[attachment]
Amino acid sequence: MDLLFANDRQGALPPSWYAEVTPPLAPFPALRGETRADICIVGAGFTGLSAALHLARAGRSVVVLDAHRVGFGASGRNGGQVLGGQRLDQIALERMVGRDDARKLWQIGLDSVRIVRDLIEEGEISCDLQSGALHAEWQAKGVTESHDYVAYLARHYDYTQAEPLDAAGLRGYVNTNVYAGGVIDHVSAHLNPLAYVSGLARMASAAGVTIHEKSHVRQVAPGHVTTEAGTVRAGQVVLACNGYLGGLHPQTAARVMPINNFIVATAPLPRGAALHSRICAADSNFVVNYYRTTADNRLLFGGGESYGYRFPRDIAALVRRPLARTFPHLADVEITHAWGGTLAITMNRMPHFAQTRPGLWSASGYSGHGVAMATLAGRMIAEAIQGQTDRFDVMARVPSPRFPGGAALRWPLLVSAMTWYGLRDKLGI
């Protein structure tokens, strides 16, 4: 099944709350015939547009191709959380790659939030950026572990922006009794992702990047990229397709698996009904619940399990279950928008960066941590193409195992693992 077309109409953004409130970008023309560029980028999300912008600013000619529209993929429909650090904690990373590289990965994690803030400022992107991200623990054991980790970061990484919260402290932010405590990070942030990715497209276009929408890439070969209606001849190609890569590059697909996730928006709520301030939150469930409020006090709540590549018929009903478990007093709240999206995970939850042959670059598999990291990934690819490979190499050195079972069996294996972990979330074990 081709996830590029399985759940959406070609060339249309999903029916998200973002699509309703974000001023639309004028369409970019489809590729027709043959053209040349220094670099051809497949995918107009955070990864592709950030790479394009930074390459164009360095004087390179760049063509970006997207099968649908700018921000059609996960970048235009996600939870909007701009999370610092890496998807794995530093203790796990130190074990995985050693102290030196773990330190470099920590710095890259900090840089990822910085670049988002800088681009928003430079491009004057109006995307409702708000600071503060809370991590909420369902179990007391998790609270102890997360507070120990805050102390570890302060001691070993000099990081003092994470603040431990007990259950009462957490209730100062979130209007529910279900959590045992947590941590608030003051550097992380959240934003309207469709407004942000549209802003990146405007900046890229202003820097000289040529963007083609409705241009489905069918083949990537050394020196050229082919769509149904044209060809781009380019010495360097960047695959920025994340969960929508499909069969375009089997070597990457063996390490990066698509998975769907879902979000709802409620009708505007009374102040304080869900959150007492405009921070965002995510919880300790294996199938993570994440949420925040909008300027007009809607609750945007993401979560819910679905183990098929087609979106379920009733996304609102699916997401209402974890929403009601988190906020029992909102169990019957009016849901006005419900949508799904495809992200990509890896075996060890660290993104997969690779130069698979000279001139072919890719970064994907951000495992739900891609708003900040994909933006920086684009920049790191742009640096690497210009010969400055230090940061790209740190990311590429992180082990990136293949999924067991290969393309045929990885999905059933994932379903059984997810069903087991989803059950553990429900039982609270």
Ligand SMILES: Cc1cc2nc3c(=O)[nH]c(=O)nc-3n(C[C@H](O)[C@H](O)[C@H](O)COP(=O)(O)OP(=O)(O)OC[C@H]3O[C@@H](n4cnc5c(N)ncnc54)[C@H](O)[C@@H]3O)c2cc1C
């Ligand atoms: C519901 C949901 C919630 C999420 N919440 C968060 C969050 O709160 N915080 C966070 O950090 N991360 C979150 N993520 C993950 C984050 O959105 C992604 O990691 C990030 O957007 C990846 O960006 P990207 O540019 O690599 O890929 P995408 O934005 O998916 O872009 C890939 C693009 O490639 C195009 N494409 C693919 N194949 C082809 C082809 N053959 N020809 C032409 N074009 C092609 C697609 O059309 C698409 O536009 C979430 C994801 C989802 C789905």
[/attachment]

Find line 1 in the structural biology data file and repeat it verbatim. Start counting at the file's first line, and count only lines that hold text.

Amino acid sequence: MDLLFANDRQGALPPSWYAEVTPPLAPFPALRGETRADICIVGAGFTGLSAALHLARAGRSVVVLDAHRVGFGASGRNGGQVLGGQRLDQIALERMVGRDDARKLWQIGLDSVRIVRDLIEEGEISCDLQSGALHAEWQAKGVTESHDYVAYLARHYDYTQAEPLDAAGLRGYVNTNVYAGGVIDHVSAHLNPLAYVSGLARMASAAGVTIHEKSHVRQVAPGHVTTEAGTVRAGQVVLACNGYLGGLHPQTAARVMPINNFIVATAPLPRGAALHSRICAADSNFVVNYYRTTADNRLLFGGGESYGYRFPRDIAALVRRPLARTFPHLADVEITHAWGGTLAITMNRMPHFAQTRPGLWSASGYSGHGVAMATLAGRMIAEAIQGQTDRFDVMARVPSPRFPGGAALRWPLLVSAMTWYGLRDKLGI